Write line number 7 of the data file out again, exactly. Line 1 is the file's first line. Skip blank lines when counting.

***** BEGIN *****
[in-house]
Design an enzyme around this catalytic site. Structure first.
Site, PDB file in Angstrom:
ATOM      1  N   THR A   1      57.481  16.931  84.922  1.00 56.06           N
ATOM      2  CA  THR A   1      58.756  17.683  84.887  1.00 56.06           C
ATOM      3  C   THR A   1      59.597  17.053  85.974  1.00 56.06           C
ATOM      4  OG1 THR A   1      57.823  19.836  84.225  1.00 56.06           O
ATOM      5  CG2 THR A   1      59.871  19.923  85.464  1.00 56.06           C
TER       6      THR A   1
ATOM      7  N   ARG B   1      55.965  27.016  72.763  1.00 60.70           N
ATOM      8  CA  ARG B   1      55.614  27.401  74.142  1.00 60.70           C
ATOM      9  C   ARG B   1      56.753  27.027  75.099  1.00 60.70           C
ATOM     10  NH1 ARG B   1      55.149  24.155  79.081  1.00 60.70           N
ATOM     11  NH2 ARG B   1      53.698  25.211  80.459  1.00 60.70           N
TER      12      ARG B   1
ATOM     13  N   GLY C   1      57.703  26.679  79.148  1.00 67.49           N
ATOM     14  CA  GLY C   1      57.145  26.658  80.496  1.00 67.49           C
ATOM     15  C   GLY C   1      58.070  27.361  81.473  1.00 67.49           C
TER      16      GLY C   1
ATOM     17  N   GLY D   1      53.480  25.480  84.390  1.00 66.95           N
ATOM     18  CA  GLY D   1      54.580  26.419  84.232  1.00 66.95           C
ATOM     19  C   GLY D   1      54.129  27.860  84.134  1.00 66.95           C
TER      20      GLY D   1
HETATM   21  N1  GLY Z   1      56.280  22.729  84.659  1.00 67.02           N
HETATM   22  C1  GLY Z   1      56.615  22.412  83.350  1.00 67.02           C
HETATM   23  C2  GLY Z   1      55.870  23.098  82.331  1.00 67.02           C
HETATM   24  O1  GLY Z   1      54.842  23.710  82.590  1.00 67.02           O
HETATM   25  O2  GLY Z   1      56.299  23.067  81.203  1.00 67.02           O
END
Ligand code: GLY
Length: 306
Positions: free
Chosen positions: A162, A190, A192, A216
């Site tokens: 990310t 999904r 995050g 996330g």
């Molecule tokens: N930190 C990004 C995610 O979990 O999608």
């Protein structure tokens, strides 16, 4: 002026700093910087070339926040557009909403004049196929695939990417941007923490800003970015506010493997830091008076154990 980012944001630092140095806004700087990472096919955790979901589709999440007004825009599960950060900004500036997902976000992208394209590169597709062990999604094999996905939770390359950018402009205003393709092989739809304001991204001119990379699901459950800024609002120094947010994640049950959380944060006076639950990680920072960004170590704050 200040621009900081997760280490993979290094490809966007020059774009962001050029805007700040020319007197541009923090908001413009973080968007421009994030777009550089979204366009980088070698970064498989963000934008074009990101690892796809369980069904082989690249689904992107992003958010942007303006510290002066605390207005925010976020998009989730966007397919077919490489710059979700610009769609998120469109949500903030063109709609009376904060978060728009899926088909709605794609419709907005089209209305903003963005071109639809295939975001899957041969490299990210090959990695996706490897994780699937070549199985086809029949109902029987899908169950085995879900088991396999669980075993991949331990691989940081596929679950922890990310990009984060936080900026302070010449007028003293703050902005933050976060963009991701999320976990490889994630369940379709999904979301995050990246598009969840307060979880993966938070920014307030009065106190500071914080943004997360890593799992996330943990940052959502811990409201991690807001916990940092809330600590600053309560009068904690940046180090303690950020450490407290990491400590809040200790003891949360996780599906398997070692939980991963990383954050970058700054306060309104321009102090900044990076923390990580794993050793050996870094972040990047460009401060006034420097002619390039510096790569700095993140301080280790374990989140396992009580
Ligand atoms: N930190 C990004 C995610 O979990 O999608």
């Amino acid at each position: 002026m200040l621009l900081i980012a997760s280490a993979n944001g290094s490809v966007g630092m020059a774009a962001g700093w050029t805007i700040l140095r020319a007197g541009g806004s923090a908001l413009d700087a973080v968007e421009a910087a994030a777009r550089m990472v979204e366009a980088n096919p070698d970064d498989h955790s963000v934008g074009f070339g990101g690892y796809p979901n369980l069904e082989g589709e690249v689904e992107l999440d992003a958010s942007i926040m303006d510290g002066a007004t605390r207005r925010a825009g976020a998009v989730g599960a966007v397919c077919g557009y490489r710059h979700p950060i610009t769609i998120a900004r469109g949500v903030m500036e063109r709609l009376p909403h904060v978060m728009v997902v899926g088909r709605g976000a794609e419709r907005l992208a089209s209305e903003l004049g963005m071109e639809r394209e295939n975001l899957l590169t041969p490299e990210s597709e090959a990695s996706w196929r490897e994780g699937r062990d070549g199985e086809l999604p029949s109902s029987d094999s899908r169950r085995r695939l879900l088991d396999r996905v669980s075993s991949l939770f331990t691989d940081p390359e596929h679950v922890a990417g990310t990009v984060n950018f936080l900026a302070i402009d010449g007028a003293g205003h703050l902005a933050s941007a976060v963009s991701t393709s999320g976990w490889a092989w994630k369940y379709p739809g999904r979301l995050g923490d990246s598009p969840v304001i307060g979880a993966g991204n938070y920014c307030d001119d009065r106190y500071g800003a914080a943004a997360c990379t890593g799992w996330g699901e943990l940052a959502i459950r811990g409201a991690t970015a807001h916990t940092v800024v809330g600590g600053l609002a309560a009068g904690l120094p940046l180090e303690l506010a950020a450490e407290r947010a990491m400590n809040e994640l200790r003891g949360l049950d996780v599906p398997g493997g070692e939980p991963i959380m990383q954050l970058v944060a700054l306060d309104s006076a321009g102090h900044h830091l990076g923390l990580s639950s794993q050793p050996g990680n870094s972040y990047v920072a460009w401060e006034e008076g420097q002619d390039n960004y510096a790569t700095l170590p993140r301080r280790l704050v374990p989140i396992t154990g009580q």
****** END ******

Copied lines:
ATOM      4  OG1 THR A   1      57.823  19.836  84.225  1.00 56.06           O